3 Ways to Make Zombies Fun Again

Videogame zombies used to be terrifying. They used to chill our bones, to pump our adrenaline and to make each of us feel like we could take on the apocalypse single-handedly.

But just like World War II games of the last generation, and more recently modern military shooters (is there a trend here, Activision?), the zombie card has been played so many times that it’s starting to fray around the edges. It’s time to breathe some new life into the undead genre.


Make Them Genuinely Scary Again

To me, the most frightening type of undead shambler is the one that will always catch you. It’s incredibly nerve-wracking to have that looming, gnawing fear that eventually, no matter what you do, he will find you, and he will kill you. But in a world of headshots and buckshots and BFGs, it’s hard to feel scared about undead Liam Neeson when you can just reload and unload into another round of charging baddies.

Some games have done an excellent job of introducing levels where you find yourself stripped of all of your gear and upgrades, left a crippled mess and forced to fight on the instincts of Captain Hero McProtagonist. These have led to some of my personal favorite in-game experiences, including one where I actually found myself truly wracked with fear.

After clawing (and blinking) my way from the depths of the dank Flooded District in Dishonored, I found myself in a predicament. I had been working desperately towards a nonlethal, fully stealth-oriented ghost run of the game, and in one narrow alleyway, I was forced to change my pants after a completely unexpected crowd of “Weepers” (a zombie by any other name) came charging up behind me. This was intensely awesome and horrifying all at once, because as I realized after a swift bash of the quick-load key, they were going to come find me no matter what. There were no scaffolds to teleport to, and I was conveniently dry of Dishonored’s mana, Piero’s sweet, succulent elixirs. Spamming a countless amount of respawns, I bolted to the end of the alleyway in just enough time to leap to a safe overlook. This was the first time in a while I had felt truly scared, if only to protect the integrity of my full-stealth playthrough.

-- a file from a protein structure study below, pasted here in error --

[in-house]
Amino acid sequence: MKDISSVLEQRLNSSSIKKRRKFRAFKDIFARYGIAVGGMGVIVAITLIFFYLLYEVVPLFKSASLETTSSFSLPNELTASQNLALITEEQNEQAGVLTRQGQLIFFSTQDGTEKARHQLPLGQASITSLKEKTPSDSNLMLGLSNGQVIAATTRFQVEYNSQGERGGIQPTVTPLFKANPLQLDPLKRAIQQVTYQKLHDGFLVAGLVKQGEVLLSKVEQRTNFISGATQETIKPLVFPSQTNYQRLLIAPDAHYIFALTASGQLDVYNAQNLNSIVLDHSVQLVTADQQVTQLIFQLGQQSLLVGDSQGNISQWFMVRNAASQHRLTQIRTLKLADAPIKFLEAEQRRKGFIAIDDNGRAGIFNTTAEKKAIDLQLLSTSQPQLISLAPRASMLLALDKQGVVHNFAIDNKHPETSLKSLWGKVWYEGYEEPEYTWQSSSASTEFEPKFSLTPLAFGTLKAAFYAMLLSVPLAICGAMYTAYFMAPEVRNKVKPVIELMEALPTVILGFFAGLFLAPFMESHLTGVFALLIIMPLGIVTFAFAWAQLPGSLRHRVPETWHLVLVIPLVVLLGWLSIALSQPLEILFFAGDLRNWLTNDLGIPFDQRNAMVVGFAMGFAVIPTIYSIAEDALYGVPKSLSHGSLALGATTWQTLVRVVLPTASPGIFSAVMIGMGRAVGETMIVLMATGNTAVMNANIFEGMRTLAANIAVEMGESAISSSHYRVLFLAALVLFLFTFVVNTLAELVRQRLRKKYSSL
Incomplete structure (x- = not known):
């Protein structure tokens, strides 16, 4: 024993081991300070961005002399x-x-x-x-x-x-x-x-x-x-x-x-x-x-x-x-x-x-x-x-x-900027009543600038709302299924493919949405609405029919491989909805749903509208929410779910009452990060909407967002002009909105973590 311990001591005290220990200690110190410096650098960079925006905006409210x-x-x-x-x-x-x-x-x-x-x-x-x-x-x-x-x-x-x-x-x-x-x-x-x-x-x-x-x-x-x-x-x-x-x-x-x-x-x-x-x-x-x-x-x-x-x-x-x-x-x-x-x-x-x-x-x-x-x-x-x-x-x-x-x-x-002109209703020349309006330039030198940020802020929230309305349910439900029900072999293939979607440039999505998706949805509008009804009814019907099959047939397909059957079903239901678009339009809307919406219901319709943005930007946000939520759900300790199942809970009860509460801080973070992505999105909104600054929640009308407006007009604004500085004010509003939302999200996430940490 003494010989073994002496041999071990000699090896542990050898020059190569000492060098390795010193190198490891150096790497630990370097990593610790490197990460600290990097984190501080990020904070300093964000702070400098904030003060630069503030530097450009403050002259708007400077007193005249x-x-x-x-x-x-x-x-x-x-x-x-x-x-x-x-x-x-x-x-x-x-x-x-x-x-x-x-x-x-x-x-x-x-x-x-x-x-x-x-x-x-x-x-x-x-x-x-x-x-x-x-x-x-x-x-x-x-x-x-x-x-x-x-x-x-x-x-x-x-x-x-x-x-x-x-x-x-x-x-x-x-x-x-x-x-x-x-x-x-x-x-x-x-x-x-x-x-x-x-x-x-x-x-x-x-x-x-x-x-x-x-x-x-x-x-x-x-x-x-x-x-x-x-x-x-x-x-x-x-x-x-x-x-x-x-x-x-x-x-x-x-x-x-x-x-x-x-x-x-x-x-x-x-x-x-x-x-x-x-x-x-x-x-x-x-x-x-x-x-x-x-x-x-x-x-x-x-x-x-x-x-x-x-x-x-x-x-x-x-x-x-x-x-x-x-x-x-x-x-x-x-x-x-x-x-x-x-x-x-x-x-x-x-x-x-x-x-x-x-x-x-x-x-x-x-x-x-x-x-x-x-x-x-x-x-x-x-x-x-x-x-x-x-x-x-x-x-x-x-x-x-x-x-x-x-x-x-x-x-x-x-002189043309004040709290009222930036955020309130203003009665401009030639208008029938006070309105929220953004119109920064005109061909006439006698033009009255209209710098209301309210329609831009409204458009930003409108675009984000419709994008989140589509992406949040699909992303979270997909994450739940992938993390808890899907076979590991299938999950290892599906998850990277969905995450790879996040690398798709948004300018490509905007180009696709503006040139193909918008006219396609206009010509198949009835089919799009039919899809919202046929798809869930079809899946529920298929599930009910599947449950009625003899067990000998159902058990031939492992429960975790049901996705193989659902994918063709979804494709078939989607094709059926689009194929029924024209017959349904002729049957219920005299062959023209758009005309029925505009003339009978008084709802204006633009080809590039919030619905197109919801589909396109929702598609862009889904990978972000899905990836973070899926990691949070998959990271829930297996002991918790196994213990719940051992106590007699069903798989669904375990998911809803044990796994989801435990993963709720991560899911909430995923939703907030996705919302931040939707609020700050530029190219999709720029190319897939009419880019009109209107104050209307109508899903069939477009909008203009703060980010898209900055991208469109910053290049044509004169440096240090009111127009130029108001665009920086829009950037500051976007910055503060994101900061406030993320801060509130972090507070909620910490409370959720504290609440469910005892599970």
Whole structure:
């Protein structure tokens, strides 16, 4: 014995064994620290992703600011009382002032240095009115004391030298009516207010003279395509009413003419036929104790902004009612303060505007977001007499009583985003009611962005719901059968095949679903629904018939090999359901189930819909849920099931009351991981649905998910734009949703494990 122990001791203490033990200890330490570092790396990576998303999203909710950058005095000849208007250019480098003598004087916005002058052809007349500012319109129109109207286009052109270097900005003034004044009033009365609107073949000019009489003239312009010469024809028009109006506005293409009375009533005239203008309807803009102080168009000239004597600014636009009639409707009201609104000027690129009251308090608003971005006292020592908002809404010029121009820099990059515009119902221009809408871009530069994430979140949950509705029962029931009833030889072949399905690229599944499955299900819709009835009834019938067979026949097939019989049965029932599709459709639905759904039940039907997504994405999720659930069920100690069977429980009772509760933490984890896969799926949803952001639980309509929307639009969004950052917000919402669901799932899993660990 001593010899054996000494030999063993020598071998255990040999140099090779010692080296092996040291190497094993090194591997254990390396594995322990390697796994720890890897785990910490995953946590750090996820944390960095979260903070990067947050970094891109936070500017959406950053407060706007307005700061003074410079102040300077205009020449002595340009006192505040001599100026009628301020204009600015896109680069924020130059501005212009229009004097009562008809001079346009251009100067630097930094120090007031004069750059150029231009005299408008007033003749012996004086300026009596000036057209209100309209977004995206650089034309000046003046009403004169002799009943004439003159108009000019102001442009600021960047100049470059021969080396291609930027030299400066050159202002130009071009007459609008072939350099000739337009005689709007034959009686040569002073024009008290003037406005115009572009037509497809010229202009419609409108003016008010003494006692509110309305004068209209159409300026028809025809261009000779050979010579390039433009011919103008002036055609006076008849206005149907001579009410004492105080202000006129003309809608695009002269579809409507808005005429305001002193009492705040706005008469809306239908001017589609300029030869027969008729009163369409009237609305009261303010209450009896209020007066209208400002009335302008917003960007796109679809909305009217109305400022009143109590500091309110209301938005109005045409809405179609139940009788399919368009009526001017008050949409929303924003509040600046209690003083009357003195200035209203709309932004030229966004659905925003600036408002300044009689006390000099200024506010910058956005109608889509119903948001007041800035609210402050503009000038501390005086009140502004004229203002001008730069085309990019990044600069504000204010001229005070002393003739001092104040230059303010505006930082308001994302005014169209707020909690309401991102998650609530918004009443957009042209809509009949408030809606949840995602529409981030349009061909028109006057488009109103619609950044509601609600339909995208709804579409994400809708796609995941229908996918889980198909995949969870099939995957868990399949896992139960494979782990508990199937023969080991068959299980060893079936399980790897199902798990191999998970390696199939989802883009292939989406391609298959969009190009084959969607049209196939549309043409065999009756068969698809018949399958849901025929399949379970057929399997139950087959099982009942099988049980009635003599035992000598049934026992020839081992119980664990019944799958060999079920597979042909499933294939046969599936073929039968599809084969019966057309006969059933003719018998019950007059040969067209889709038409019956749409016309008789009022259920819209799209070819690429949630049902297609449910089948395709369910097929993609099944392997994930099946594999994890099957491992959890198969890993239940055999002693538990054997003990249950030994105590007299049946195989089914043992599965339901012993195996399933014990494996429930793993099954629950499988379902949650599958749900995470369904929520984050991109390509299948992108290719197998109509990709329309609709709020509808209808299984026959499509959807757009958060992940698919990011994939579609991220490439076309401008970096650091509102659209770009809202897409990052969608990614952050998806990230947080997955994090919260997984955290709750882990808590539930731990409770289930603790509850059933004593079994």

It could be possible to mix zombie thrillers with the frantic quick-trigger reaction of runner games, like the indie flash darling Canabalt. In fact, this is a game that’s ripe for a beefy, apocalyptic story, seemingly taking place during an invasion of some robo-mecha-cyborg-bot-things. Devs, apply this to zombie games! Instead of facing them head-on with your chainsaw-shooting laser gun of deathface asskickery, make the player feel compelled to keep moving, always riding just on the edge of losing it all.


Zombies Should Be Unpredictable

The first few fights against the Big Daddies of Bioshock will always, always stick with me. That first moment of trepidation, where Mister Bubbles rears aggressively, hulking over his Little Sister, is followed out of nowhere by a rhino-like charge directly at you. Those guys were tough, and their animalistic combat had no rhyme or reason in a strangely measured way. When an enemy keeps you guessing as you attempt to bring him down, there’s a frantic pleasure in fumbling for the reload button, and an even greater fear when you whittle down to an empty ammo chamber.